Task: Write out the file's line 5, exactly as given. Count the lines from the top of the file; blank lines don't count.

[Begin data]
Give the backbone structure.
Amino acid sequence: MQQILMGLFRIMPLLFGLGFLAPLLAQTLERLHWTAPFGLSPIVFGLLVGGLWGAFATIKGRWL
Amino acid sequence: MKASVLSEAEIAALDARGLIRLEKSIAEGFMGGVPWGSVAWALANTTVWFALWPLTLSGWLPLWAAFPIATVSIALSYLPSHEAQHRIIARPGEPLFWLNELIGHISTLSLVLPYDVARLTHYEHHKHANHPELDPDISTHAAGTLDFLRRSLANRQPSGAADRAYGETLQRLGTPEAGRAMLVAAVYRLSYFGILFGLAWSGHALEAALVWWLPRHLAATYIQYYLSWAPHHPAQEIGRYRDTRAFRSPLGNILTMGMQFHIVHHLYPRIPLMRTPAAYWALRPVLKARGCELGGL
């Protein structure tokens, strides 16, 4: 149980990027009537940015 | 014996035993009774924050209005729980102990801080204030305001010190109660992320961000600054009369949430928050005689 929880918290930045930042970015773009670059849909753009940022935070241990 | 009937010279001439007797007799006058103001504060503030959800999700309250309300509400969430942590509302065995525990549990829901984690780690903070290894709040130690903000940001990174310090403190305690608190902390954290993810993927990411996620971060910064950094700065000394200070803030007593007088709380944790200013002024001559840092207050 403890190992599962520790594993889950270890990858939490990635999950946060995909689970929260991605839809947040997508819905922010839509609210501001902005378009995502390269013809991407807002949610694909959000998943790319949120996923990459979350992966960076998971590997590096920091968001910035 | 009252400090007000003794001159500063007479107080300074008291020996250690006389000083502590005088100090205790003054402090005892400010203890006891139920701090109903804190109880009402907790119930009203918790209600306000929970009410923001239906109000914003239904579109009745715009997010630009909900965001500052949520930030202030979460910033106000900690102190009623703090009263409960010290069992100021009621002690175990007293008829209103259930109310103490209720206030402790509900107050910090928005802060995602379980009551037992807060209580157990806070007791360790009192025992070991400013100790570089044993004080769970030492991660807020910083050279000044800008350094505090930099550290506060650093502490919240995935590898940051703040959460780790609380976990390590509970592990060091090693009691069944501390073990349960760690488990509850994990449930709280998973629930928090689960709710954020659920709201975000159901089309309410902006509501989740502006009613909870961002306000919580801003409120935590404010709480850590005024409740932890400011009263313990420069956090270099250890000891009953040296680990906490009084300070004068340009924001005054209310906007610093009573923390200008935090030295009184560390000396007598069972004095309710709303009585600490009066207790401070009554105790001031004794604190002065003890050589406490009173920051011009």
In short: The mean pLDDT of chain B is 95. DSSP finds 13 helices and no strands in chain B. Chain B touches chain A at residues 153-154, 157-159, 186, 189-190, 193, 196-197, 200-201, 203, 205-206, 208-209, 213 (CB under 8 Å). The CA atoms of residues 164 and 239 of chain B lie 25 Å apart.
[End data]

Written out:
In short: The mean pLDDT of chain B is 95. DSSP finds 13 helices and no strands in chain B. Chain B touches chain A at residues 153-154, 157-159, 186, 189-190, 193, 196-197, 200-201, 203, 205-206, 208-209, 213 (CB under 8 Å). The CA atoms of residues 164 and 239 of chain B lie 25 Å apart.